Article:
Most reading this article are concealed carriers of a handgun on the body for defensive purposes. But what about gun carry in your vehicle? Sure you say, I carry my handgun all the time in the car. Have you considered carry of a carbine–one that’s ready and accessible–in your vehicle?
Okay, so not all state laws are conducive to carry of a gun inside your vehicle with even a handgun, much less a carbine, especially if the firearm is loaded and readily available. It is your responsibility to know the laws of your state and others where you may travel and of course your decision on how you will proceed in those states.
For our discussion here I consider a carbine a 16-inch barrel length firearm with a fixed or collapsible stock that fires rifle or pistol cartridges and is intended to be fired with the stock in contact with the shoulder. I would not eliminate “pistol brace” stocks that are attached to a much shorter-barreled gun just because the firearm is classified as a pistol. These systems are legal to be fired with the pistol brace pulled into the shoulder and they give excellent maneuverability in tight spaces such as your vehicle.
I am fortunate to live in a state that allows a loaded gun to be carried inside the vehicle. After all, what good is an unloaded gun for self-defense? I’ve carried a carbine in my truck all my life and continue to do so today. Aside from admiring short rifles, why would I want to carry one in the first place? Basically, whatever I can do with a pistol I can do better with a carbine with the obvious exception of concealment.
You may be wondering how I carry a carbine day to day inside my truck, accessible on a moment’s notice. Below are some ways I have carried a carbine over the years; I’m sure there are other methods, limited only by your imagination.
Between the seats
Most vehicles today have a split type front seat with a console between them. Most often, I carry a carbine wedged between the split seats or between the seat and console itself. In other words, the carbine is immediately to my right while driving and instantly accessible if needed. This is my number one choice for carrying in the vehicle and will work with most short-barreled rifles.
Admittedly, a flat-sided gun like the lever action carbine trapper model 30-30, for example, is best suited for this method. I keep the magazine loaded with the chamber empty. A carbine with an extended magazine works well also; the magazine is what holds the gun in place between the seats. The gun stays hidden from view by some article of clothing such as a jacket.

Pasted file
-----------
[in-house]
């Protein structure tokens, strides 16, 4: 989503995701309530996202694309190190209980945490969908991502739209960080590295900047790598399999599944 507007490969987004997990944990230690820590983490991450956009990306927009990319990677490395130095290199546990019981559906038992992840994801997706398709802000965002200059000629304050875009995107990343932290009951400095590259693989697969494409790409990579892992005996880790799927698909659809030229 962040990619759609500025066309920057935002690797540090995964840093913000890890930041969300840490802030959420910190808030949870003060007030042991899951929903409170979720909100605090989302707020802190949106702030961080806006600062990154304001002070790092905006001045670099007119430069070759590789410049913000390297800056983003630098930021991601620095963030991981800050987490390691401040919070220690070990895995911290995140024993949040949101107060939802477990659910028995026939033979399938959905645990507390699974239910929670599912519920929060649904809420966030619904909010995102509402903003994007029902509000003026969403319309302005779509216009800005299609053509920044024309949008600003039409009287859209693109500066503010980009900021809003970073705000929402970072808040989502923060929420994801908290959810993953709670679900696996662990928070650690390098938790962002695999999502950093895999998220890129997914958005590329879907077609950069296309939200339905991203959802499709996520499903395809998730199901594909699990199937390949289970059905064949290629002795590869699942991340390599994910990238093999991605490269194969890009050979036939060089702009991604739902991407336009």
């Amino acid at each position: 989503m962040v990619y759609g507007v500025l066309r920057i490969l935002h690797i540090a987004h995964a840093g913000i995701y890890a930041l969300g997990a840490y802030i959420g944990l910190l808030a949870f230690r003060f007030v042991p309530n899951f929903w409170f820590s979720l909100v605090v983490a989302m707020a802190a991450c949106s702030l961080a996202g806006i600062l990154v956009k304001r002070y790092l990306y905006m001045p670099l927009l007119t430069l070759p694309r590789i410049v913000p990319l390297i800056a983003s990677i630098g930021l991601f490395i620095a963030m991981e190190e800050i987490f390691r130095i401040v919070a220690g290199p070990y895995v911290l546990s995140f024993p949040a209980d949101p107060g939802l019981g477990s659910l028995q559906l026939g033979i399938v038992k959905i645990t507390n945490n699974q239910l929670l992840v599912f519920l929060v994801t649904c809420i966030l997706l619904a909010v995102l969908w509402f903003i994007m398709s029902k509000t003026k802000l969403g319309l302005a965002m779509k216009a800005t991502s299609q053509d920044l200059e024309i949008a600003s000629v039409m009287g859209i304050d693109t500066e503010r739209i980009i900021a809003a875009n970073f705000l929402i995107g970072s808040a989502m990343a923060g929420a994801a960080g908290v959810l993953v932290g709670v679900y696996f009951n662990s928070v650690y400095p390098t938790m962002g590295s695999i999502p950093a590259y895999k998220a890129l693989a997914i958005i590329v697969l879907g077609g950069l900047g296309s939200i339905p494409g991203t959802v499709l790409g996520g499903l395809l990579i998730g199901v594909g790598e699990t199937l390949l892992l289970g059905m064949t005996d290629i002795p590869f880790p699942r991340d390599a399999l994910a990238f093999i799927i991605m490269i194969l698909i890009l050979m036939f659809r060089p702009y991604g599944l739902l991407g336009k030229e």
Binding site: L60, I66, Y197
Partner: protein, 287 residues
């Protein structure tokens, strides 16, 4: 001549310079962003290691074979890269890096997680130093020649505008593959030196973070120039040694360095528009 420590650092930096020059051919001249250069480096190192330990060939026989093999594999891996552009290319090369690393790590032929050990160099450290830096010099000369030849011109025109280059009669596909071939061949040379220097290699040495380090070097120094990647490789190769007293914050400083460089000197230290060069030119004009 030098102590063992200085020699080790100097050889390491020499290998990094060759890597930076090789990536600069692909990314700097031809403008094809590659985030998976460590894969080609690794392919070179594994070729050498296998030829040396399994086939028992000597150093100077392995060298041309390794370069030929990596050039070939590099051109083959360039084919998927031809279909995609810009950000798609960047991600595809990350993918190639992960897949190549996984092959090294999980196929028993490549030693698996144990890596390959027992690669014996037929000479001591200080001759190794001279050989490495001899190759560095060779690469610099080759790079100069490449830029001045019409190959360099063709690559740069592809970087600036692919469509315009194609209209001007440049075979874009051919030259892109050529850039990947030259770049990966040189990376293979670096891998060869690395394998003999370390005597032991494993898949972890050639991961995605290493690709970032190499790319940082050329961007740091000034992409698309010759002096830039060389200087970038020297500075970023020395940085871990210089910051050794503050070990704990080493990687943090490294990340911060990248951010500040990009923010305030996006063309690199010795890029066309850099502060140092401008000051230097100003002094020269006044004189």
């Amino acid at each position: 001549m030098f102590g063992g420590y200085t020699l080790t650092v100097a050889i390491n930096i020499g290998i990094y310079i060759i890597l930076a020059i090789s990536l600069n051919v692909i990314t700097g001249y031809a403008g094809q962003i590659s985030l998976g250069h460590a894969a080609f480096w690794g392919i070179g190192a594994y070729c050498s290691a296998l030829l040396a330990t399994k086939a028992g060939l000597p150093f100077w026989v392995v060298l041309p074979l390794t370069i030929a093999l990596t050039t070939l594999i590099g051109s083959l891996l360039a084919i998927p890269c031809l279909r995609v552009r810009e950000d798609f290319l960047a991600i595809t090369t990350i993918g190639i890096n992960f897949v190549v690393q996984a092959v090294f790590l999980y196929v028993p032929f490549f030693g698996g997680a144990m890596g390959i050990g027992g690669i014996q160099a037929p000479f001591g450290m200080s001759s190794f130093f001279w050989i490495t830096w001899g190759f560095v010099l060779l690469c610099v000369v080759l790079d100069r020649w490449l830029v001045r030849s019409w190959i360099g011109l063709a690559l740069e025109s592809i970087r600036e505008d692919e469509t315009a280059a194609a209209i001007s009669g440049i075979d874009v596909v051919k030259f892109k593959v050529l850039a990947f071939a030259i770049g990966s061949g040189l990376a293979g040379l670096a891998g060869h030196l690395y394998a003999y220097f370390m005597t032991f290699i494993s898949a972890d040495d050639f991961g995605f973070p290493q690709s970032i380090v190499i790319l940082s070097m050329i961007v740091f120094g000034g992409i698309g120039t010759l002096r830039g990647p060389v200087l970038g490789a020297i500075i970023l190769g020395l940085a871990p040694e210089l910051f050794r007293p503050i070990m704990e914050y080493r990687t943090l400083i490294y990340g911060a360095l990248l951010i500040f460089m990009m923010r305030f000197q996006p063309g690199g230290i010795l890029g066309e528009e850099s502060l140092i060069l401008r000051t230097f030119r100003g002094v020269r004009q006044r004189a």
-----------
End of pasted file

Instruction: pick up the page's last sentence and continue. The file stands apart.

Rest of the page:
Below or behind the driver’s seat
I have also carried by this method, but it is much less preferable in my opinion. In this case you must have a seat cover or some type of carrying device that will allow the carbine to lay crossways, either under your legs or on the back of the driver’s seat. There are commercially made devices that will work for this technique, or you can devise something yourself.
The problem is that there is nothing quick about getting the gun out in an efficient manner and will most likely require you to stop and open the car door to access the carbine. Placing a carrier behind the front passenger seat where you as the driver can access the carbine by reaching across and behind the passenger seat may be a viable compromise. A simple device to keep the rifle in place and within reach behind the seat is the Snap Rack by Lucid Optics. It should be noted the elastic on the rack is black in color; yellow is used in the catalog for visibility.
Roof and front compartment racks
I have carried a carbine and a shotgun with this method. Most common are commercially made racks that are designed to hold the gun securely in place by a mechanical device. Some, as used law enforcement vehicles, lock the gun in place and require pushing an electronic release switch to access the carbine. If you are in an area where security of the gun is always a risk, then this method may be for you.
You may also want to consider how to move your selected carbine to and from your vehicle in a less than obvious manner. I often use the Defcon Compact Assault Bag or CAB for transporting a carbine that is easily taken down such as the AR platform or one that’s very short in overall length, such as a pistol brace system. Something as simple and discrete as a duffel bag or backpack may also be used.
I’m sure there are other methods of vehicle carry for your carbine, but what I described here has worked for me over the years. Remember that security of the firearm moving it to and from the truck and while in the vehicle is your responsibility. Pistol in the car, great! Carbine in the car, even better!
Let us know what works for you in the comments below. Then, after you're done with that, you may want to consider our Vehicle Firearms Tactics course so you can fully understand how to defend yourself in and around your vehicle.